“Employee engagement is down, workplace toxicity has increased,

and there has been SO much collaborative overload I feel

communication is at a stand still!” This is the response I received, from a

client, when discussing the challenges of M & A communication and

uncertainty within her organization.


2017 started as a year of uncertainty. 







As a result, January 2017 was a record month for mergers and

acquisitions. Uncertainty has the ability to ignite fear and panic.


Uncertaintly not only affects the bottom line of corporations but it also affects

the overall culture and energy within the organization. Stock holders want

investment security. Employees want to feel safe about their jobs and

positions. Managers want direction on how to lead and inspire during a time

of uncertainty.


Theories about uncertainty in organizations began to emerge as long ago as

the 1800s.  Since then, experts have tried to describe it, explain it and fix it.


According to Yehouda Shenhav and Ely Weitzl, it was the Industrial Age with

its new inventions and rapid change that saw an increase in uncertainty.

They say: “The concept of organizational uncertainty emerged and solidified

during the period 1879-1932, through the pervasive work of American

mechanical engineers, who successfully dealt with technical uncertainties in



As industrialization spread, and the numbers of workers in U.S.

manufacturing plants increased, factory owners began to hire managers.

According to Mauro Guillén, a new class of professional managers emerged

by the middle of the 1900s, and they were concerned with “efficiency”,

“unpunctuality” and “inaccuracy”. For the past fifty years, managers have

tried many approaches to resolve these issues and control the factors that

result in uncertainty.


The challenge is that

uncertainty can be

caused by many

uncontrollable factors.




Organizations have to deal with external forces, such as the political

landscape, problems with the banking system, environmental issues or

changing consumer tastes. For example, Blockbuster was uncertain about

what to do about Netflix, and we know how that turned out.


There are also internal triggers, such as difficulty in finding skilled staff,

looming budget problems or whether to franchise. Attitudes and actions of

senior executives can also cause uncertainty. For example, a reluctance to

embrace change at Polaroid meant that the company didn’t adapt quickly

enough to the digital age, and an uncertain future became a certainty for

that organization.


Uncertainty will always be a constant variable in our lives. Unfortunately it

affects our ability to collaborate and influence others. According to the

Institute of NeuroLeadership, uncertainty is one of the five social triggers

identified within their SCARF model which can activate a reward or threat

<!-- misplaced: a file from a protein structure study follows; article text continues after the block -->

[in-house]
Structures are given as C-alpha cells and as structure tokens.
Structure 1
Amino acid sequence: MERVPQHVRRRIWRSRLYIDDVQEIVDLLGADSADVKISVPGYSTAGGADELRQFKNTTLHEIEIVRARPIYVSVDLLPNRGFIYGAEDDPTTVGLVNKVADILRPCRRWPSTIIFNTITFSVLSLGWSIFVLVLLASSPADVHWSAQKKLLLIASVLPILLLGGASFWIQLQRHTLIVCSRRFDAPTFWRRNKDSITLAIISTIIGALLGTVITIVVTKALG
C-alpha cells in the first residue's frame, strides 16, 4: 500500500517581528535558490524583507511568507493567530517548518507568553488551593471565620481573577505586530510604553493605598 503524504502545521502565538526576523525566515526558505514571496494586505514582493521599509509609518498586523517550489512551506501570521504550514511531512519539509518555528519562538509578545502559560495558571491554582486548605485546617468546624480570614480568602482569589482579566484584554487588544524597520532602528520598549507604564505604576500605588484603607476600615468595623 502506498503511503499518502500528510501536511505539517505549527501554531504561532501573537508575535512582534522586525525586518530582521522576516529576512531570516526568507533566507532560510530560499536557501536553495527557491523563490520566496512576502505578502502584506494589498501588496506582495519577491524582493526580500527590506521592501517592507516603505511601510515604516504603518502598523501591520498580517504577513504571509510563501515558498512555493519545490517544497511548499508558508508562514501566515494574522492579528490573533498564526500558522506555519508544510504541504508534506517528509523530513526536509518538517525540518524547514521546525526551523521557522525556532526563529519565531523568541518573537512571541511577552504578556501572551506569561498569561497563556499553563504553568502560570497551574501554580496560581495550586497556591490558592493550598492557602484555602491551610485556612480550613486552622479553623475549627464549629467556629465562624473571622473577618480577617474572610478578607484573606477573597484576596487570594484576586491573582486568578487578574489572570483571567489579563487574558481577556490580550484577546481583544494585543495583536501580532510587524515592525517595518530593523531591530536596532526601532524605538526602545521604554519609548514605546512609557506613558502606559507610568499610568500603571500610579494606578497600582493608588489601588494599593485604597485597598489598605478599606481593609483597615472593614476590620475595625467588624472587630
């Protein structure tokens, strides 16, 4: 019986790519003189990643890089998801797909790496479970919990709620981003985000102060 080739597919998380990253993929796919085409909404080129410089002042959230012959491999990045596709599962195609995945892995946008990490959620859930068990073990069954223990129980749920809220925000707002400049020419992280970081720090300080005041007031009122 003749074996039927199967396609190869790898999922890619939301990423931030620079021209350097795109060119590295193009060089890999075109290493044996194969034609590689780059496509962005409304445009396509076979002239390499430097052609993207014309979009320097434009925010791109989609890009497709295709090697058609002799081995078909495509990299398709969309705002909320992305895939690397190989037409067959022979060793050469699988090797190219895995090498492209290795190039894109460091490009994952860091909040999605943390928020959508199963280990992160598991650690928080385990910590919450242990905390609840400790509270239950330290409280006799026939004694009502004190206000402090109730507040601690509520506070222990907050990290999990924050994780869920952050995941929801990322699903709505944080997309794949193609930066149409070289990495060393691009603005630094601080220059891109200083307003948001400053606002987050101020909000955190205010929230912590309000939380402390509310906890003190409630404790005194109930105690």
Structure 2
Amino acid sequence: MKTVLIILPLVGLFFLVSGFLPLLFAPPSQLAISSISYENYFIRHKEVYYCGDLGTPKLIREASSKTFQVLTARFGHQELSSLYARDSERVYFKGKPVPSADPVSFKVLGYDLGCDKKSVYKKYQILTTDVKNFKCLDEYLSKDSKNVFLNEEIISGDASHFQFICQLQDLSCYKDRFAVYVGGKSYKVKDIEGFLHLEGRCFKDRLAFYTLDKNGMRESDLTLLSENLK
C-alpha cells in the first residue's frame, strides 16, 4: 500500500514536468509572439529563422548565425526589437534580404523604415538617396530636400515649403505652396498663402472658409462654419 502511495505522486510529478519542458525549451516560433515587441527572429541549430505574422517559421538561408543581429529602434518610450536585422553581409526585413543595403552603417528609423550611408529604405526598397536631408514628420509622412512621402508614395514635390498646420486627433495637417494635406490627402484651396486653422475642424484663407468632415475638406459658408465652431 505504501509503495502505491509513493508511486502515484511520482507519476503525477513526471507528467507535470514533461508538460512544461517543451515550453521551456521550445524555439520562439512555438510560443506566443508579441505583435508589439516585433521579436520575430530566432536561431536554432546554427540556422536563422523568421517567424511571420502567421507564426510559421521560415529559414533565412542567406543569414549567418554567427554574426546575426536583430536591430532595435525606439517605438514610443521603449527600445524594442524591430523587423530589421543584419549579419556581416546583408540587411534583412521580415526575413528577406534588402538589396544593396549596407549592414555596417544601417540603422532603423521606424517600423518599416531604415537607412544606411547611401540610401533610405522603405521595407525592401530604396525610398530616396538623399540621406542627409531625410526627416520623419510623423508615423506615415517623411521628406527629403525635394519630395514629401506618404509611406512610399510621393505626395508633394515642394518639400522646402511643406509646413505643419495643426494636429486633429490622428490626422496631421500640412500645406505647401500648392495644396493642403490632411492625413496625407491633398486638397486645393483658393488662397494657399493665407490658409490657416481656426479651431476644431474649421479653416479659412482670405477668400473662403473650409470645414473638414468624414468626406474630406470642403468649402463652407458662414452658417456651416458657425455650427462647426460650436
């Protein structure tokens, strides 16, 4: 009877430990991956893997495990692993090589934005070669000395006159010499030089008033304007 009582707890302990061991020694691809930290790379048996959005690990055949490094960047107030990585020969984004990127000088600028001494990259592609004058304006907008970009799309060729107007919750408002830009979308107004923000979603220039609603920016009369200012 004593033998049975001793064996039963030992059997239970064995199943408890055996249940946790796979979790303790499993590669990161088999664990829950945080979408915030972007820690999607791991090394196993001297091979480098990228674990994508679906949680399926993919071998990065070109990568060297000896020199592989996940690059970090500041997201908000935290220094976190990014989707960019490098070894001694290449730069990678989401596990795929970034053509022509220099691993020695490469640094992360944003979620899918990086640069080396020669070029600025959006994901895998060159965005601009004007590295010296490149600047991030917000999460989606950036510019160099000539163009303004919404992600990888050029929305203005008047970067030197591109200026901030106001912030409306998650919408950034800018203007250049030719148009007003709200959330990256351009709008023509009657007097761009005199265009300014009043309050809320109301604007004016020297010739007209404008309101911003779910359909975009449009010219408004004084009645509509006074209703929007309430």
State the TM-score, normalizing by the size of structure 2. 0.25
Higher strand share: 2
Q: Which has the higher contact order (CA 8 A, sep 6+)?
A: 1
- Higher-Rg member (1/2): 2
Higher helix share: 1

response in social situations.


Since the brain is a

master at recognizing

patterns it is constantly

wanting to predict the



According to the Institute of Neuroleadership, even a small amount of

uncertainty creates an “error” response in the area of our brain called the

orbital frontal cortex. This is an important area of the brain to understand

since it is responsible for decision making, reasoning, and even full

expression of personality.


How can you approach uncertainty and increase success?


1. Mindset – Mindset will reveal the cognitive and viseral reactions to

uncertainty. How will you and your organization respond to uncertainty? Will

you to rush to judgement based on fears? Or, are you going to take a

step back, observe, and create an uncertainty  strategy? Analyze if you have

a fixed or growth mindset.


Fixed Mindset:

  • Me vs Them
  • Either you’re good at this or you’re not
  • Blaming uncontrollable factors
  • Competitive comparison
  • Proving culture


Growth Mindset

  • Potential to learn, grow, and improve
  • Create growth strategies
  • Openly stated opinions and expressed disagreements
  • Reflective comparison
  • Operate from purpose or mission.


2. Threat Reduction – The brain interprets uncertainty as threatening.

Reduce this by being authentic, open, and transparent to your teams.

Transparency is a signal to the brain that your environment is safe. Establish

expectations and objectives. This helps give individuals clarity on what the

projected future goals and strategies of the organization.


3. Create Trust – Trust is the foundation that leaders need to start with to

build the bridge from uncertainty to confidence. When trust is established

there is an increase in oxytocin. It is here where the executive brain opens

up and creates engagement. To accomplish this listen without judgement,

inspire relationship building, and create a shared vision of success.


History shows us that the variable of uncertainty has affected employees

and organizations for years. There are many factors managers can not

control and there is one factor they can control.


Managers have the ability to control how they co-create and collaborate with

their employees by creating a growth mindset, reducing the threat of

uncertainty with transparency, and create trust to encourage

engagement. We can try many different approaches and strategies to find a

solution to uncertainty, but unless we focus on the human element of

uncertainty, it will be challenging to create an environment of

engagement, innovation, and success.


I would like to know your thoughts on uncertainty in your life, and within the

culture of your orgnization. When uncertainty is a factor do you see an

decrease in communication? Is the energy in the organization

toxic? Is there excitement or fearnwhen faced with uncertainty? What is your

uncertainty strategy? Please take time to comment below.